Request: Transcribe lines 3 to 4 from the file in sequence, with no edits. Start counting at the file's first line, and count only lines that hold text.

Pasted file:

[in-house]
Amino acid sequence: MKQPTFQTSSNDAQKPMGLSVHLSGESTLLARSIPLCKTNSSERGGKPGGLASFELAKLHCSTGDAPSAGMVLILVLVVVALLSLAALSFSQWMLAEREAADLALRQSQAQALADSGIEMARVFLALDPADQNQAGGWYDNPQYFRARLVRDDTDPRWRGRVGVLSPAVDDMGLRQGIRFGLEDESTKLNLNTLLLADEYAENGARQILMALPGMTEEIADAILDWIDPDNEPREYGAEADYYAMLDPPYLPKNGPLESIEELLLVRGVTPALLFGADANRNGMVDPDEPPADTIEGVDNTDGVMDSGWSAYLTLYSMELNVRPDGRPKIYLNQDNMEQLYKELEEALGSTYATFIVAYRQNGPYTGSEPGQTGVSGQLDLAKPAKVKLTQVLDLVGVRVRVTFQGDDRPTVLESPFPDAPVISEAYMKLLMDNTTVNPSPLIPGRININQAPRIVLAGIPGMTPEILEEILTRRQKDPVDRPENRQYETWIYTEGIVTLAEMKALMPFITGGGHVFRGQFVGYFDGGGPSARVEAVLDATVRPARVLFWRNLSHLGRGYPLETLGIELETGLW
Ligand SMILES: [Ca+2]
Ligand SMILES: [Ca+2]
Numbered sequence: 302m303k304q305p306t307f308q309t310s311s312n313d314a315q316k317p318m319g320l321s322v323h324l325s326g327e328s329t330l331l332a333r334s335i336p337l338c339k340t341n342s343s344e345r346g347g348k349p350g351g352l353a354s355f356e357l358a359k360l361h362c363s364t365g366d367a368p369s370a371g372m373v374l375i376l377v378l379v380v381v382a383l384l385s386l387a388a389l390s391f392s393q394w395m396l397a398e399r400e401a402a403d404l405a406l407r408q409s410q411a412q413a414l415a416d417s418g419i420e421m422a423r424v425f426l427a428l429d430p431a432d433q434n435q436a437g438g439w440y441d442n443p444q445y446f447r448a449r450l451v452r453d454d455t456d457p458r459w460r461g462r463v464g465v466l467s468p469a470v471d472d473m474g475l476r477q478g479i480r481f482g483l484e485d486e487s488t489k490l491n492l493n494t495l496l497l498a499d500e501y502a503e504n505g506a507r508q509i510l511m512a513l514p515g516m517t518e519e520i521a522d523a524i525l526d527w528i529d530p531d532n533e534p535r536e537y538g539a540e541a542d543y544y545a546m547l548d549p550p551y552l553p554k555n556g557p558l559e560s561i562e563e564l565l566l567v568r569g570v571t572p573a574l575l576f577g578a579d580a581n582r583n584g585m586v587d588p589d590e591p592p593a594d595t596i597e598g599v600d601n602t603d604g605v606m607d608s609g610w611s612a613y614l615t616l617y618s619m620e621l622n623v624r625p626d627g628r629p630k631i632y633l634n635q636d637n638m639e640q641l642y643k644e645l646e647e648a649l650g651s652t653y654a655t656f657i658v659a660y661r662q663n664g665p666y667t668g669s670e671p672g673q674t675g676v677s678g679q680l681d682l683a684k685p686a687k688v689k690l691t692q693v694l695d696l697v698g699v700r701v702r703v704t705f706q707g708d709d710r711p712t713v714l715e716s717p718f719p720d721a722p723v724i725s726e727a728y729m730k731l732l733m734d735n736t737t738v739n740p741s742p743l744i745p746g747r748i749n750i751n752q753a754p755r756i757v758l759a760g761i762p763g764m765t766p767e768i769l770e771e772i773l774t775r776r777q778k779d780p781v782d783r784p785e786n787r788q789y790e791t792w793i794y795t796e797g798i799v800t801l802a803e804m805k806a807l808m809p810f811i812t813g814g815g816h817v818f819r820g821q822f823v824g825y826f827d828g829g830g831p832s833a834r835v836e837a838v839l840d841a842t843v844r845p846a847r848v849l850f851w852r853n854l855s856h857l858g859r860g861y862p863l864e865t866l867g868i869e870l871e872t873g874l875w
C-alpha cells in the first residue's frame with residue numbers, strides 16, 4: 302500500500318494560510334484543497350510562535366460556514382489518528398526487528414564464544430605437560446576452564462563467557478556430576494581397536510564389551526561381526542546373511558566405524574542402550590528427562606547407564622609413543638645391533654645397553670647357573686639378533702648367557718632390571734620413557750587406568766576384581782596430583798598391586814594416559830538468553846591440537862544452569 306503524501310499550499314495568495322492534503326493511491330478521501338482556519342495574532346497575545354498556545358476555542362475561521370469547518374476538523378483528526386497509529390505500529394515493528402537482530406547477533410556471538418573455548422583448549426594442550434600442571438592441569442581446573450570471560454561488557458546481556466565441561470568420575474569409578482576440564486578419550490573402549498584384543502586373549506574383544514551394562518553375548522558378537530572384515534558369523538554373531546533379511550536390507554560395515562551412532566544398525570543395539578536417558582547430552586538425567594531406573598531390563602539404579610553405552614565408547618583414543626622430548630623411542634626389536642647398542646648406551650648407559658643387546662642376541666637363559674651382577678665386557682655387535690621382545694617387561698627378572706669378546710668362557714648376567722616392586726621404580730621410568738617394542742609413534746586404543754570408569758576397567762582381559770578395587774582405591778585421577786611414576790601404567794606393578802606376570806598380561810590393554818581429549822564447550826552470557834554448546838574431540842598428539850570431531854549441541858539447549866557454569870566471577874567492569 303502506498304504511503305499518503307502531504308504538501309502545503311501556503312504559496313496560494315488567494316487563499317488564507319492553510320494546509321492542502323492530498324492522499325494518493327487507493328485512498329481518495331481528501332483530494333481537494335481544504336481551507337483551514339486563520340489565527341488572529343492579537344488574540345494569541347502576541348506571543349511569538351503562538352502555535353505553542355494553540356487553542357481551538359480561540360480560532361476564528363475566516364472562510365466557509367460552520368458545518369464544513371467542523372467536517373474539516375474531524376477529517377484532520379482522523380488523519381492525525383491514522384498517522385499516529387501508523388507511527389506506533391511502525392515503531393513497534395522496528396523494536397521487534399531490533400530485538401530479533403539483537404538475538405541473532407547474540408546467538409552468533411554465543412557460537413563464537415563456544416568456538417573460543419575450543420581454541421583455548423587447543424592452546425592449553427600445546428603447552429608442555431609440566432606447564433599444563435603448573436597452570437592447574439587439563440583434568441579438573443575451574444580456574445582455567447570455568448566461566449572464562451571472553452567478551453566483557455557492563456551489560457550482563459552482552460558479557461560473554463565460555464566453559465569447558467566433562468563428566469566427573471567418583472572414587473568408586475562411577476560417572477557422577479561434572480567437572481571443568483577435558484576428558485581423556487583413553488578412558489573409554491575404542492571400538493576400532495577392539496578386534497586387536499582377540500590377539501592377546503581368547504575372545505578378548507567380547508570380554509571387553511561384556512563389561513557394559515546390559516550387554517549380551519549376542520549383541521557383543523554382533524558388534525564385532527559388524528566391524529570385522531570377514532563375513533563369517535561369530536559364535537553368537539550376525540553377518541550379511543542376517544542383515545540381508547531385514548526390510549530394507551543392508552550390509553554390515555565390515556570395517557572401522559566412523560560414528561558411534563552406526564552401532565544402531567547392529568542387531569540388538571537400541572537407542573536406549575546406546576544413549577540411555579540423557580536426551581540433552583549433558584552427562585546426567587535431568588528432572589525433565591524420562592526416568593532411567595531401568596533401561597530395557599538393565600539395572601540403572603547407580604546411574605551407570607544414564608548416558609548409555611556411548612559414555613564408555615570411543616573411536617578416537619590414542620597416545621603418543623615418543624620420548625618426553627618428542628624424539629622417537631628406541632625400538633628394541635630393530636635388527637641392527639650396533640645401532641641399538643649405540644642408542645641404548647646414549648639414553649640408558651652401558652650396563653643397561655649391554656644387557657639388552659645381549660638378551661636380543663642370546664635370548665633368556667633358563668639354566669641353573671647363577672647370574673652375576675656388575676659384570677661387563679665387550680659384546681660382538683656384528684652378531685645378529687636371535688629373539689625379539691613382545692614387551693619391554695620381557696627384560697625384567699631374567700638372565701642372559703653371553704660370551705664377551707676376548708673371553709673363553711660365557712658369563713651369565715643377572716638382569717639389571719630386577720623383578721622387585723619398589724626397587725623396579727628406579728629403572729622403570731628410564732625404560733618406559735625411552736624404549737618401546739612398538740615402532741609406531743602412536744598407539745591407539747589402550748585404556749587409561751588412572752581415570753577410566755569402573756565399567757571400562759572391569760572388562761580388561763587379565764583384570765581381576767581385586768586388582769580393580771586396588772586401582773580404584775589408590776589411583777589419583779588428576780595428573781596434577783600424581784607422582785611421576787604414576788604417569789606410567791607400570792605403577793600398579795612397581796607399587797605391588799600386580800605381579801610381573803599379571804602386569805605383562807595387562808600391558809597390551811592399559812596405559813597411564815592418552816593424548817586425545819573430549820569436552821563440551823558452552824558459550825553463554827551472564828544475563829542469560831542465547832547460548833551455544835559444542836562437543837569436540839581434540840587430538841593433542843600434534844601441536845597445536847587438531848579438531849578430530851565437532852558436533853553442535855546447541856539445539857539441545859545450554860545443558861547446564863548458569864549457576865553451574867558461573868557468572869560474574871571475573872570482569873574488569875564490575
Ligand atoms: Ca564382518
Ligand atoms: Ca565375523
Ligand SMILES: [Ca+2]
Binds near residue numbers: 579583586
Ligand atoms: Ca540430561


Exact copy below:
Ligand SMILES: [Ca+2]
Ligand SMILES: [Ca+2]